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How to Enjoy Sparkling Wine For Any Occasion (Or None at All!)

We’re of the opinion that any time is the right time for some bubbly.

Yet, the typical American consumer tends to rely on holidays and specific celebrations to consider drinking a glass of sparkling wine.

While the “Champagne Culture” exists in places like Las Vegas, Aspen, San Francisco, and New York City, the idea that Champagne and other sparkling wines can be an everyday indulgence has not quite reached most Americans. 

But many cultures, including the English, Australians, Italians, and French regularly indulge in a glass of Champagne or sparkling wine for no reason at all.

Perhaps a little insight and perspective will inspire more of us to enjoy one of life’s greatest pleasures more frequently.

What Are the Benefits of Drinking Champagne and Sparkling Wine?

Most sommeliers and wine professionals are familiar with the benefits of drinking Champagne and sparkling wine and take every opportunity to suggest drinking it.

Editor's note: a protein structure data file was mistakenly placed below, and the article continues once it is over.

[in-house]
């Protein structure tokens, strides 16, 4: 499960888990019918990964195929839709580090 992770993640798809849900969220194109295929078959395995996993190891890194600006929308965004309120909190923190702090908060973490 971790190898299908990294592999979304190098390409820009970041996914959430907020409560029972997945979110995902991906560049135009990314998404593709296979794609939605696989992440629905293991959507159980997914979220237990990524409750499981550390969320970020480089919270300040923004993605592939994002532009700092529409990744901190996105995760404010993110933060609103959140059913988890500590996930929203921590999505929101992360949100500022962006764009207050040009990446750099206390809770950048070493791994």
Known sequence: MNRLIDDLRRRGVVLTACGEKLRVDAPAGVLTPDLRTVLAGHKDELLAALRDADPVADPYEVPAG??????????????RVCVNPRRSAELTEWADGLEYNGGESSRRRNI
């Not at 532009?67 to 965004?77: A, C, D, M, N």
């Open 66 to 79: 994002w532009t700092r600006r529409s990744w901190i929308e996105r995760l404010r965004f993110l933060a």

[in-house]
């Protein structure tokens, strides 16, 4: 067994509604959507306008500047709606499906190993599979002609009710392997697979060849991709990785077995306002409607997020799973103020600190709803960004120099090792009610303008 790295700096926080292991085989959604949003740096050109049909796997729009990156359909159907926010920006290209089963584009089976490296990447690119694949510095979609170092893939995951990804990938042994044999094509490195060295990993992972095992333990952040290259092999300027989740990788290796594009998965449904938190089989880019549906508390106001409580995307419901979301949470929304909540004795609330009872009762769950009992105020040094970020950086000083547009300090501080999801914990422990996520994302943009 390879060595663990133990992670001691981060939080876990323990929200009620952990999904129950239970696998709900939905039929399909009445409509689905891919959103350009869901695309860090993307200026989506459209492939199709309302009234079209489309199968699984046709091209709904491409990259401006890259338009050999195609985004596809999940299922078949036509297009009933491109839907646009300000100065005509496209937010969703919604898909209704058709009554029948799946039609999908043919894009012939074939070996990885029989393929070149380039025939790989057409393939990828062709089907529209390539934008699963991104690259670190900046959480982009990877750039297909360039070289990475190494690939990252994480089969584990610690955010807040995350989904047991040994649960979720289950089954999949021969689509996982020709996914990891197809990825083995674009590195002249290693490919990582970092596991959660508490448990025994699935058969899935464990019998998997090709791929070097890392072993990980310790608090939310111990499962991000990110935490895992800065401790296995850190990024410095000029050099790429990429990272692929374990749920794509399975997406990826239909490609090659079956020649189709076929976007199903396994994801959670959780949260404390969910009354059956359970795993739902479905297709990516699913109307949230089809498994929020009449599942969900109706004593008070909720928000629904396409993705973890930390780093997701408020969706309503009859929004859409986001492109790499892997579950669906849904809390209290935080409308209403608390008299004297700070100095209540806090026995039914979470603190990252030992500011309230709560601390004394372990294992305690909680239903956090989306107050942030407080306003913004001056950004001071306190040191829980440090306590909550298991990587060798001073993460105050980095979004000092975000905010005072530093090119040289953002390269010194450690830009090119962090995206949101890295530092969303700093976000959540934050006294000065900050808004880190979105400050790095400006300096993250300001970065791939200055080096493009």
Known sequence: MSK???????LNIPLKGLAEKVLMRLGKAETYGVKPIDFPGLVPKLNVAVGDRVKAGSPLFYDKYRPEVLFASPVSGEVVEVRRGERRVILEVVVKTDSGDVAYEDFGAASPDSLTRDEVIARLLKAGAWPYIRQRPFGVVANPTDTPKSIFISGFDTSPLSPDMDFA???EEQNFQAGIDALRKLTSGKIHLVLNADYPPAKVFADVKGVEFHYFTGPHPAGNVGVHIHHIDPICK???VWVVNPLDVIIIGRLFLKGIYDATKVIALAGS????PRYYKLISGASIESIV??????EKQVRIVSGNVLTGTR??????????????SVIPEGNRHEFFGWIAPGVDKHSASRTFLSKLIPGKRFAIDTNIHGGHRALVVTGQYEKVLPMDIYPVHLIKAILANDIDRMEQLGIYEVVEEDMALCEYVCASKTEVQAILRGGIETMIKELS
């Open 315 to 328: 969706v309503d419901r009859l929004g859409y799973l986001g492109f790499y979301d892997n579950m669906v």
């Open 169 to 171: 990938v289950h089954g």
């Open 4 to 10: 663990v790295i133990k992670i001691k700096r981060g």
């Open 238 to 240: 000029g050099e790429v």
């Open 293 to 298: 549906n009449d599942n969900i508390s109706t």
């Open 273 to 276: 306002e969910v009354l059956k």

The Champagne and sparkling wine selections are located on the first page of a wine list at most restaurants, with the hopes of inspiring customers to order a glass or bottle of sparking wine before the more common white and red wines are selected.  

The beginning of the meal is the ideal time to set a festive tone for the evening while simultaneously serving as an aperitif. Furthermore, sommeliers rely on Champagne and sparkling wines to help bridge the gap with difficult food pairings. 

For example, Asian-inspired cuisine encompasses a host of intense flavors including spice, sugar, and salt. This juxtaposition of flavors can be difficult to match with most still wine. So it’s the perfect opportunity to use the refreshing effervescence of sparkling wine to marry the spices and enhance the overall flavor of the meal.